Unlike Rugby Union, the sport played by contact teams around China, touch rugby involves no contact or tackling. In lieu of tackling and breakdowns — known as "rucks" — touch players must simply touch a member of the opposite team to stop their advance down the pitch. Touch the opposite team six times, and possession of the ball is yours. While this might sound easy in theory, touch rugby involves near-constant running, sprinting and side-stepping. In fact, when asking seasoned contact players about their first touch tournament experience many were surprised by just how long the twelve-minute games could seem.
On the other side of the pitch, you'll find the men's and women's contact teams. Depending on the skills being practiced that day, it will either be a joint practice or one separated by gender.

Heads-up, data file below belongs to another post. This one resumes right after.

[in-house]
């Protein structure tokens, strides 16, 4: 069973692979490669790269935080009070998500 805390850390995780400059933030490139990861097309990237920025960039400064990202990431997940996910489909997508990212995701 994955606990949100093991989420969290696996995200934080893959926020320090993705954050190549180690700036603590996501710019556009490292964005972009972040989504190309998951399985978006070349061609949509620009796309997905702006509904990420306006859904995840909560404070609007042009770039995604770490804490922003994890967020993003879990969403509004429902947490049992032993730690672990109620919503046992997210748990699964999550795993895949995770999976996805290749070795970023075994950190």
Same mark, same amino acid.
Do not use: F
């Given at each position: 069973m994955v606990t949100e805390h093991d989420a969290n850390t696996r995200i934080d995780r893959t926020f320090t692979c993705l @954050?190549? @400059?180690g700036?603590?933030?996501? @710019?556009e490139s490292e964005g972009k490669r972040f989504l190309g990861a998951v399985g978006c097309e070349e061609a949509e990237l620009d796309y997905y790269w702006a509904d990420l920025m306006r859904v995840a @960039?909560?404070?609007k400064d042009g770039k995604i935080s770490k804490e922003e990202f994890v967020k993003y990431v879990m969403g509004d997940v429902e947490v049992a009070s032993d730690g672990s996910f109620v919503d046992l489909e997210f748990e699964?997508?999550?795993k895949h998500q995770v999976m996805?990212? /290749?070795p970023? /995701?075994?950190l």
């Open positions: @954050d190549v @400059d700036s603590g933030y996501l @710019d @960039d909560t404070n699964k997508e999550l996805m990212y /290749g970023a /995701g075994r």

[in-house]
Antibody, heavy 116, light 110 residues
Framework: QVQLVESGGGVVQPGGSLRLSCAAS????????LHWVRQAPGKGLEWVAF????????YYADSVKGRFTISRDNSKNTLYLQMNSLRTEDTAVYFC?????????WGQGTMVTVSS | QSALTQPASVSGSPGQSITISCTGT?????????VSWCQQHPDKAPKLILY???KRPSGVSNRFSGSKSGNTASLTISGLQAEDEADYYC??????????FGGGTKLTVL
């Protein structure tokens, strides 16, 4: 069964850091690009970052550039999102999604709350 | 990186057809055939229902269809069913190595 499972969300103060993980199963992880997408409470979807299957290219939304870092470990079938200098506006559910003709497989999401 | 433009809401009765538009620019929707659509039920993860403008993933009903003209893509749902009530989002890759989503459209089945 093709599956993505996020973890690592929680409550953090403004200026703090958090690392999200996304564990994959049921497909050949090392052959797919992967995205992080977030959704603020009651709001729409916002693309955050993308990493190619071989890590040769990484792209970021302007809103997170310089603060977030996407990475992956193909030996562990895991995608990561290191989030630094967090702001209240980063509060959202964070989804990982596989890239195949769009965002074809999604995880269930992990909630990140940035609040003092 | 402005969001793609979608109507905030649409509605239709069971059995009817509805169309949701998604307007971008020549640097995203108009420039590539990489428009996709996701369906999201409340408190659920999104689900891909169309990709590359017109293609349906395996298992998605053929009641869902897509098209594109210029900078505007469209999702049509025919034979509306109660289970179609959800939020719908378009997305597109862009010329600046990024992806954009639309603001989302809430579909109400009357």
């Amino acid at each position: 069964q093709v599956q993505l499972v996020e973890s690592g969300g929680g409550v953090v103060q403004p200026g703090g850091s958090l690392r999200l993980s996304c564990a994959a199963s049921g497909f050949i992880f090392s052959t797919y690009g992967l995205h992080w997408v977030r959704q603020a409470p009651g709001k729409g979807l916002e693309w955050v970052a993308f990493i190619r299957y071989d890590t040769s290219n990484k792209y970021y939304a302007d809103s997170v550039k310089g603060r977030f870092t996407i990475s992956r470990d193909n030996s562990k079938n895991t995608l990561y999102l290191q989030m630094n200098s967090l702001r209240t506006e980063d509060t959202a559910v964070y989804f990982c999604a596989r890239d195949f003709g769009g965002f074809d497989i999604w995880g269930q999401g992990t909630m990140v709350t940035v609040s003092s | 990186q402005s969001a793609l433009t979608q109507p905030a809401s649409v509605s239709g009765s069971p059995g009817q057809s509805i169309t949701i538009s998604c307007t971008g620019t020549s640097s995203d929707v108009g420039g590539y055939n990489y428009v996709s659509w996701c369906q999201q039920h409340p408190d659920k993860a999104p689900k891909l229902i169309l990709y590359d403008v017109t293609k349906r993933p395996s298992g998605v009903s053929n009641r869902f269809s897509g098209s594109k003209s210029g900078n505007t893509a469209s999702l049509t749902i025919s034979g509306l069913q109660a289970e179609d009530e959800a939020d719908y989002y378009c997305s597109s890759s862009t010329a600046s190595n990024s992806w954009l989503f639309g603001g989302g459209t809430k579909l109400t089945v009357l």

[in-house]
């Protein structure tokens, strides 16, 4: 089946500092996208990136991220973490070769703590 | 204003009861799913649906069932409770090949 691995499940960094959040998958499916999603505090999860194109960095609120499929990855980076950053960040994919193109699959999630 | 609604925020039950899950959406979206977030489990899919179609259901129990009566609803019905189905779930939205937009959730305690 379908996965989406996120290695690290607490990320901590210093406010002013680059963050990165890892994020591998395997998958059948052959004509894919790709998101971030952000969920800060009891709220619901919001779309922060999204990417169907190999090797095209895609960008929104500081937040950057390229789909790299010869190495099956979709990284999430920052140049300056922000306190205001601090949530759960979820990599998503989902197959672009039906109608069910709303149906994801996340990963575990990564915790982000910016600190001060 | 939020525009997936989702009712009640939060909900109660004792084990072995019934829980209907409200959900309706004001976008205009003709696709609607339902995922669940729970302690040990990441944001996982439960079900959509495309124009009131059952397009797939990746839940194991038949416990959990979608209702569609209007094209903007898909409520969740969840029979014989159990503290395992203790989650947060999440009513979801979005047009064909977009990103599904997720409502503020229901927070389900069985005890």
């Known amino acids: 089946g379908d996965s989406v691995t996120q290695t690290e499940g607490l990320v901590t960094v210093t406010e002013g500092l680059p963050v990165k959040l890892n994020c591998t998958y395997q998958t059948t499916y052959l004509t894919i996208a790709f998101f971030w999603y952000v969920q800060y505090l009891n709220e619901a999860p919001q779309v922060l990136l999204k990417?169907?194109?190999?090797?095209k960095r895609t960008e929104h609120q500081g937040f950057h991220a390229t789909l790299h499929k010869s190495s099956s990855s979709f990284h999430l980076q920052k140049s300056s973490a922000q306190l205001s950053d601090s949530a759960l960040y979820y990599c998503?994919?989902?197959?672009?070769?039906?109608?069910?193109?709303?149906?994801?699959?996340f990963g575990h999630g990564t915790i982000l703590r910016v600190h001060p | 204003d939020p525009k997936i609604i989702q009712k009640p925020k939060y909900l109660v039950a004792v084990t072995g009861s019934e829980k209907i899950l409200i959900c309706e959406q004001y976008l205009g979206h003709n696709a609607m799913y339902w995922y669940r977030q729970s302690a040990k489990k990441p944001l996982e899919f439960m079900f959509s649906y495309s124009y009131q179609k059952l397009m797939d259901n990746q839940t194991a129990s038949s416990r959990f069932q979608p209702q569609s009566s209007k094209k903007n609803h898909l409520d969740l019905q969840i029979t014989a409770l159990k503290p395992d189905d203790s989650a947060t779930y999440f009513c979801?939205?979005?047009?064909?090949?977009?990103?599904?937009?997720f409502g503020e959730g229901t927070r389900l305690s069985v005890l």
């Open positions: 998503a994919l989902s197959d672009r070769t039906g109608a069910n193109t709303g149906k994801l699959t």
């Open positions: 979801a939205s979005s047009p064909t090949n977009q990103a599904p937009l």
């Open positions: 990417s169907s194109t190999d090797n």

Contact rugby in China follows Rugby Union rules. Depending on the tournament, the number of players on the pitch for each team will either be seven, ten or fifteen. Game length also varies according to the number of players on the field. While sevens is a faster game and fifteens has more contact, all matches guarantee a lot of tackling, rucking and the occasional maul, where a group of players uses their body mass to march the ball down the field.
It is due to the high level of contact and fear of injuries that the Kunming team has decided to open a touch team. The touch team allows people who are interested in the sport but worried about injury to stay involved in the China rugby community.
The Lady Flying Tigers
Leading the women's contact side is either Lily Anderson or Liz Witcher, with the help of long-time women's captain Marta Verplancke. Marta has been a devoted member of the Flying Tiger's rugby since 2014 and very much committed to the organization, women's contact, men's contact and touch.